Thursday, July 21, 2016

Adventurous day in Balmorhea


I hadn't gone oding in the Balmorhea area ever before, so wasn't sure what to expect. It was great fun and not disappointing other than I took a tiny misstep and hurt my hip.* The pain was unbearable. Just stepped slightly off-balance due to a small dirt berm alongside the road. I managed to get into my pickup since I was only a few feet away. Then I took ibuprofen and just sat there for awhile. I'm still in pain but managing.


One other "incident," but it was in pursuit of a lifer (well before the hip incident). Totally justifiable. At the San Solomon Cienega in the state park near Balmorhea I was scoping out the canal behind the cienega. The canal is way down a steep bank and I was walking above looking down with binoculars. I saw a lifer ode that I just had to photograph so had to go down the steep bank. My plan was to hang onto a mesquite tree and ease my way down, but the bank was made up of loose rocks and my body just scooted down. The only thing the mesquite accomplished was to scratch my arms. A clump of grass at the edge of the water kept me from sliding into it. The water was about two feet deep, I guess. But I did get my lifer Four-striped Leaftail. Worth all the work!


Another ode that I saw a lot of, but read is supposed to be uncommon, is the Desert Whitetail. I checked with some experts and apparently it's not that uncommon around Balmorhea and other places in West Texas.


This next Eastern Amberwing is a common species. I have them here in Alpine right now, but I almost never see a female, and near Balmorhea Lake today females were abundant. Go figure!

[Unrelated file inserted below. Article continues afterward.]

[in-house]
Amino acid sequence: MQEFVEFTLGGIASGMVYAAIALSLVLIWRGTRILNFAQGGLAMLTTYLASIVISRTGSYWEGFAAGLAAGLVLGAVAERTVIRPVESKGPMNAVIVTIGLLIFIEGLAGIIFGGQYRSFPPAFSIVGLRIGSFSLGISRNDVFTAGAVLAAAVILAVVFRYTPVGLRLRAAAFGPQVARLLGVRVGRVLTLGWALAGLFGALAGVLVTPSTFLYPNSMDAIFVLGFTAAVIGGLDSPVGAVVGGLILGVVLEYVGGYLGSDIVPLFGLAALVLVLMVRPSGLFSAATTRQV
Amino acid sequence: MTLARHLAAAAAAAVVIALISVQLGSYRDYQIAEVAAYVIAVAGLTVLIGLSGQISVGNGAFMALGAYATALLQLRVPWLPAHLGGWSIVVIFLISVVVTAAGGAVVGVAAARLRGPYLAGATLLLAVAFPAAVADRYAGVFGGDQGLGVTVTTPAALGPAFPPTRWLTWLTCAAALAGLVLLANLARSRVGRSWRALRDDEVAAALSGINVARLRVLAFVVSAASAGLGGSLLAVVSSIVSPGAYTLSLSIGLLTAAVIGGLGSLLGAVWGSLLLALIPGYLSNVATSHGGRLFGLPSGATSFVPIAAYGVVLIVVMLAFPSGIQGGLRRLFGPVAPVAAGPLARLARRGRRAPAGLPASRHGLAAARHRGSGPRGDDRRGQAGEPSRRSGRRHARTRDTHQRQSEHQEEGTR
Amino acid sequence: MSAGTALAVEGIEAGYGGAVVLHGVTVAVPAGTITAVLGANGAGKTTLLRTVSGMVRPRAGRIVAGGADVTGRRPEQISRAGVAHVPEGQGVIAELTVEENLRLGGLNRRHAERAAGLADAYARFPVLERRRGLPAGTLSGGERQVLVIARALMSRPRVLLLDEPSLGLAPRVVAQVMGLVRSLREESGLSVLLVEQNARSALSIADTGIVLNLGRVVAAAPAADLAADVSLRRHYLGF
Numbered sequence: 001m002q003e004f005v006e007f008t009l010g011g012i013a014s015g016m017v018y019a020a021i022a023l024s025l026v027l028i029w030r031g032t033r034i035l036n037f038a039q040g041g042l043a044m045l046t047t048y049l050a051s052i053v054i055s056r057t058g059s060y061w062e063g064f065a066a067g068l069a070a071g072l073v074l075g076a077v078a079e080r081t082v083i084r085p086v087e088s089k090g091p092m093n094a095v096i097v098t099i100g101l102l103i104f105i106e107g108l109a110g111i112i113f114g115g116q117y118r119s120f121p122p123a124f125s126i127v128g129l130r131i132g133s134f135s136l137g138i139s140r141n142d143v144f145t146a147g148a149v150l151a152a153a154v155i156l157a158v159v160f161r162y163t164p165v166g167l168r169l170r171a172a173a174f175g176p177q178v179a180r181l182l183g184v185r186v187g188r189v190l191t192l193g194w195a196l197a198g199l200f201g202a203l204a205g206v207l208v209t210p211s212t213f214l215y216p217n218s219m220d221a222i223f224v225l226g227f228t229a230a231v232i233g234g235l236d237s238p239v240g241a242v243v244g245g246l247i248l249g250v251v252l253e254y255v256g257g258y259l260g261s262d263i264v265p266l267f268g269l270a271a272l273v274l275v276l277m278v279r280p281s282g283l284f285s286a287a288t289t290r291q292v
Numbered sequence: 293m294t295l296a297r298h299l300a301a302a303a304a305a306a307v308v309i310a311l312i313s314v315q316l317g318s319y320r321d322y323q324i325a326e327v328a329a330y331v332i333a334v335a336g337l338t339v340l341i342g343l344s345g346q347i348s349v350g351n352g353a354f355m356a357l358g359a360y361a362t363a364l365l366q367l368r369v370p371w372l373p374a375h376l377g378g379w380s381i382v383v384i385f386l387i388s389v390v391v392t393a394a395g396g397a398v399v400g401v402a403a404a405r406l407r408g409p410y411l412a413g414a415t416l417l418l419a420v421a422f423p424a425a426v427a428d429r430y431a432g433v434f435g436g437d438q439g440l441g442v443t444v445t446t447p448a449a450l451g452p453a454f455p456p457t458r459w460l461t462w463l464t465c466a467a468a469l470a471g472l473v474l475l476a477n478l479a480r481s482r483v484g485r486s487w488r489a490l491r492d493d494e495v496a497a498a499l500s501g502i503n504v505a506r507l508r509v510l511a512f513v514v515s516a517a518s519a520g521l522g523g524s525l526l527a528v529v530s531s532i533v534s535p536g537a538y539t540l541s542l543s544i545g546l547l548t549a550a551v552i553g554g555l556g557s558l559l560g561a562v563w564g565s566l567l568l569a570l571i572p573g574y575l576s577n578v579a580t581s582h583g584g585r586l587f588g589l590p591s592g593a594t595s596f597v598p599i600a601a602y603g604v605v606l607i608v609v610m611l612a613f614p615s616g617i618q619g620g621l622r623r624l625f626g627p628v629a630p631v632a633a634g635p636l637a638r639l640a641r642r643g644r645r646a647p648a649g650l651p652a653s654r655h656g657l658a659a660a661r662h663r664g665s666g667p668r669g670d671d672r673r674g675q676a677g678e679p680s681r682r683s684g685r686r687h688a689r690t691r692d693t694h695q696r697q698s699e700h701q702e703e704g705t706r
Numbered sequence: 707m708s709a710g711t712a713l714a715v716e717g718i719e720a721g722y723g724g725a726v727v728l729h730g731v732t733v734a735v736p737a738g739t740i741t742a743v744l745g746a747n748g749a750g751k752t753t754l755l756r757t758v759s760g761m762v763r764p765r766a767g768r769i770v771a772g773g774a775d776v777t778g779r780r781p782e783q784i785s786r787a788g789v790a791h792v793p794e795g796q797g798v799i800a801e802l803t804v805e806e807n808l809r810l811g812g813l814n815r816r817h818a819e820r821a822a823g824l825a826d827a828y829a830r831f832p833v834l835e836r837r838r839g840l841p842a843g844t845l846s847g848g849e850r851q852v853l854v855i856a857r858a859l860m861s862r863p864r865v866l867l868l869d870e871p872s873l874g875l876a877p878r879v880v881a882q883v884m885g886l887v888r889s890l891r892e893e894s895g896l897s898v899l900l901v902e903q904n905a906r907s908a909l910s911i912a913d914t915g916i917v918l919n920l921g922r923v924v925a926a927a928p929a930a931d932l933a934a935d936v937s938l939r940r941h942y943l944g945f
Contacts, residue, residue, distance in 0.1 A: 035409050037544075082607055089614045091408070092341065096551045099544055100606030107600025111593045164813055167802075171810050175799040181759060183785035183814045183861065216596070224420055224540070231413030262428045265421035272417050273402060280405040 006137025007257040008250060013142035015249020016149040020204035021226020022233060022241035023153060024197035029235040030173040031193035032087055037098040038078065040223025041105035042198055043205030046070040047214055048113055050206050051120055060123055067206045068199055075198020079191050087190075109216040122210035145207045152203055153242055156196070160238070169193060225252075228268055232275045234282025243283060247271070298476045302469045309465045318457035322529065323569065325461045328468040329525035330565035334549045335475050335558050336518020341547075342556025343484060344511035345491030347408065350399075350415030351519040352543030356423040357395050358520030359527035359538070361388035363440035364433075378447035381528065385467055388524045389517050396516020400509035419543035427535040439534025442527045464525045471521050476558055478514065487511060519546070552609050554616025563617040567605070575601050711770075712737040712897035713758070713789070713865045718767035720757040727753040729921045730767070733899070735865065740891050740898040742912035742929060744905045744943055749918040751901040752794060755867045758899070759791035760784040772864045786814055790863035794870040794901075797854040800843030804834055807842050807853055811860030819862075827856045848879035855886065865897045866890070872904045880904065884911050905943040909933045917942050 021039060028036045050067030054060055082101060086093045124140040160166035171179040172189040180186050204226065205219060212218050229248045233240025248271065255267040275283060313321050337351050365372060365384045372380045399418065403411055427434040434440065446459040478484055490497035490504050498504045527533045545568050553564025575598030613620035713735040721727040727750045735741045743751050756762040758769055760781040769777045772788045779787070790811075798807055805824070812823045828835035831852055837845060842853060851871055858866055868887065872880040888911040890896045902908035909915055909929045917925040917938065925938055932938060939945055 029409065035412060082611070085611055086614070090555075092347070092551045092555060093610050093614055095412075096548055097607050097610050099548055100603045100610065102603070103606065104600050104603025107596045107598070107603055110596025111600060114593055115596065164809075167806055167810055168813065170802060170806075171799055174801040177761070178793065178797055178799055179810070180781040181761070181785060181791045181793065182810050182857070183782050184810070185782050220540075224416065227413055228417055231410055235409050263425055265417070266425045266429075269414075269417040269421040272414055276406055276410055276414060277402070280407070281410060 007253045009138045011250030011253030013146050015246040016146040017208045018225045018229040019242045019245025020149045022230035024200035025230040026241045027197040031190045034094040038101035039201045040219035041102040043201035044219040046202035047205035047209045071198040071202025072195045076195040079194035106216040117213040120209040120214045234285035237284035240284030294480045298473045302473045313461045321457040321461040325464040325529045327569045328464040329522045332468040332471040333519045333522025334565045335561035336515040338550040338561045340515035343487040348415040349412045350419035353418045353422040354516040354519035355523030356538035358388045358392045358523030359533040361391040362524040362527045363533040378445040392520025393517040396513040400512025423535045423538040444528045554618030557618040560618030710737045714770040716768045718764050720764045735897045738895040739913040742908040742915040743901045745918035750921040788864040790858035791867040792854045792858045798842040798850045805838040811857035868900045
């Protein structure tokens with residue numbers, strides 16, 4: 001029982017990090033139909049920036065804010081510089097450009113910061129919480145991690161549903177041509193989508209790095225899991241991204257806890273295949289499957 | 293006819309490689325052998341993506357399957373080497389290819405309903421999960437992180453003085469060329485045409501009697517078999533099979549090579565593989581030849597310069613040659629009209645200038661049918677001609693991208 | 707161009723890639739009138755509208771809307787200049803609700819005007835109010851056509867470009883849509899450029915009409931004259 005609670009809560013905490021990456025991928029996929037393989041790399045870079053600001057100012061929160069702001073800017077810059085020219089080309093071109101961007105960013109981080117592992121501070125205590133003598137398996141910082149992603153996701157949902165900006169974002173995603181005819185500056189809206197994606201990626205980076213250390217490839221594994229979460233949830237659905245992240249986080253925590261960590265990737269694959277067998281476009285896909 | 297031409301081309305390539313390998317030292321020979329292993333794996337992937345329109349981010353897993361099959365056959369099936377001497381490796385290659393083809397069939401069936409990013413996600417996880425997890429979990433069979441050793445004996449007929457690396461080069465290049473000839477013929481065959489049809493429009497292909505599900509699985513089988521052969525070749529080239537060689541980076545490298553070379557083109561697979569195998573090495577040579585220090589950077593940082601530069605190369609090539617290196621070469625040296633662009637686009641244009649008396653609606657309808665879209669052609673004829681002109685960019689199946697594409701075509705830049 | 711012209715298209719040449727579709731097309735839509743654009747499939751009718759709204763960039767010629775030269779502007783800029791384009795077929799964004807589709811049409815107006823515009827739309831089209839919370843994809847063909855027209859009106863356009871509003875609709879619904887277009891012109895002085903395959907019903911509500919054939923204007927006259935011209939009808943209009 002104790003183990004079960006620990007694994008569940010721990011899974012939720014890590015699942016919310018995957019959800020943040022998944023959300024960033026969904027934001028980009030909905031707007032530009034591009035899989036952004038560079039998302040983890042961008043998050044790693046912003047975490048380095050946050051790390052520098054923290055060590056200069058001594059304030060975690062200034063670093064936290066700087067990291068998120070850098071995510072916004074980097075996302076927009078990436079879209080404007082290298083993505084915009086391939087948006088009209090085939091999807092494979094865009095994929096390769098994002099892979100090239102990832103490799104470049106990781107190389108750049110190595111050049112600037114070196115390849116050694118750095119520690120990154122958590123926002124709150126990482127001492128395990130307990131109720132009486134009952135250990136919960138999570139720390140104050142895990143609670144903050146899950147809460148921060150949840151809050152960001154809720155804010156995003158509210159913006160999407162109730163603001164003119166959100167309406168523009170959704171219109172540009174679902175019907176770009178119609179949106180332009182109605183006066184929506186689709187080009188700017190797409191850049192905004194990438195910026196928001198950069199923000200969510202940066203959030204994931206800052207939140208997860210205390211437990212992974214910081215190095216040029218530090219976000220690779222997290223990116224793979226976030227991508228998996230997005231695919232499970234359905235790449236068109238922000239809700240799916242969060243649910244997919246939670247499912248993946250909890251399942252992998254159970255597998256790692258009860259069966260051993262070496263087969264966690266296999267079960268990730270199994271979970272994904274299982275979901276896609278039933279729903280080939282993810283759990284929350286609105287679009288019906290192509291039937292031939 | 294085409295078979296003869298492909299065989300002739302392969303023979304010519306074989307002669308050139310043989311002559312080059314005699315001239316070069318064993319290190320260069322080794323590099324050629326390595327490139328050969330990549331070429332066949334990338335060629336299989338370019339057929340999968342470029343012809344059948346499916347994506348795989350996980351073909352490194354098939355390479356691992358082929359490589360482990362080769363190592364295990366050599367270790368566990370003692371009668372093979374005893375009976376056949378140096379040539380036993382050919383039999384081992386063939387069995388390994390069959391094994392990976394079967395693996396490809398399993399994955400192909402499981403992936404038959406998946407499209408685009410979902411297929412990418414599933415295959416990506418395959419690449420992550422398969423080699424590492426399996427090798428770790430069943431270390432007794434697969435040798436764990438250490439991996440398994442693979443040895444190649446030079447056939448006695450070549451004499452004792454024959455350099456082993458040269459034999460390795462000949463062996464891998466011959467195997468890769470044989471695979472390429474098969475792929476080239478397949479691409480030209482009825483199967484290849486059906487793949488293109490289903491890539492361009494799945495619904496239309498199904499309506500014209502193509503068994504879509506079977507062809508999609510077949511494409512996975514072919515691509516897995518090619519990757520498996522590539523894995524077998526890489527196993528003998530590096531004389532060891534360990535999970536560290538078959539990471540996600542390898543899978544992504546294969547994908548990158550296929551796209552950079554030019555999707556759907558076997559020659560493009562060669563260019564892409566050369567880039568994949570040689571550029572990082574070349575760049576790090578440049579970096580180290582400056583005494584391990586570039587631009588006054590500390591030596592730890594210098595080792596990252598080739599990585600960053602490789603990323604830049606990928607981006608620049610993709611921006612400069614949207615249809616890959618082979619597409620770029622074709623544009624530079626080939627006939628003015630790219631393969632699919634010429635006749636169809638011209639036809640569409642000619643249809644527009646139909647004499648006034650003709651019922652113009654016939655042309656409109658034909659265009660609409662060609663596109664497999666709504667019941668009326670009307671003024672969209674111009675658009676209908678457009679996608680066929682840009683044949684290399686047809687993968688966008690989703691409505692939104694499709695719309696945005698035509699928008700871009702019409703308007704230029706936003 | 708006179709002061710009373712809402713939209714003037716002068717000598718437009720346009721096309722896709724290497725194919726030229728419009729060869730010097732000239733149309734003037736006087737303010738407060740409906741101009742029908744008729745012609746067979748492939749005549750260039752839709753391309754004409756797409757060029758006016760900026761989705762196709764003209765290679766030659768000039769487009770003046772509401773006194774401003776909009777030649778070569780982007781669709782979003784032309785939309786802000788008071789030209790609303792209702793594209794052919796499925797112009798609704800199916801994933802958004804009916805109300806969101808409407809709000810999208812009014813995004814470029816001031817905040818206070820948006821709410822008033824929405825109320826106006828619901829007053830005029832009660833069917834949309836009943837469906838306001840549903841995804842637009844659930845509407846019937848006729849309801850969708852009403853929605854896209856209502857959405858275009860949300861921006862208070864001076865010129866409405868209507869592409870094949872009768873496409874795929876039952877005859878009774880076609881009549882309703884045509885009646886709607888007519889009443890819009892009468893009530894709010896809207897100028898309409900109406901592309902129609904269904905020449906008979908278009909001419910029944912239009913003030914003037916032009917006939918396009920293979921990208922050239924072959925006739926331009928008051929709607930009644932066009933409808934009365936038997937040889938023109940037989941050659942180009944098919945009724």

And here's a damselfly that hasn't been identified yet. Possible, Dusky, Sooty, or even Tezpi.


A couple others besides the above one, I sent off to Greg Lasley for IDs. Will update when available. Gotta go rest my hip. Sitting is the most painful.
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*What actually happened was I went to step up on the berm made by a road grader with my right foot and didn't put enough energy into the step up, which caused me to lose my balance backwards off the berm. To catch myself and not fall, I landed back with my weight jolting onto my left foot. (Something I have probably done normally since a toddler without ever feeling it.) That's the side with the bad hip. For a few moments I literally couldn't move.


Wednesday, July 20, 2016

Hummingbird banding day

Kelly Bryan banded at the oasis today. We were hoping for more juvenile Lucifers but perhaps due to the 3½ months without rain, and constant triple digit temperatures, nesting may not have been very successful yet. If monsoonal moisture comes, there's still time for another nesting. Here's the only juvenile at my place today, as far as I know. A male with his first gorget feather.


Kelly caught several more at a banding site 3 miles south of the oasis. That location received several rains that just missed me. I don't know if that's the reason, but the thought did occur to me.

Thinking about going oding somewhere tomorrow. If I keep going to the same places, I get the same species, so contemplating places around Balmorhea. Have never oded there.

In town, our Red Bird-of-Paradise is slowing coming along. In a few years it might make a lovely bush.



Tuesday, July 19, 2016

Traumatic beginning at Lajitas today

All started out according to plan. At 7:30 AM I parked under a cottonwood tree at Lajitas. My favorite spot, and dragonflies were already abundant. What could go wrong?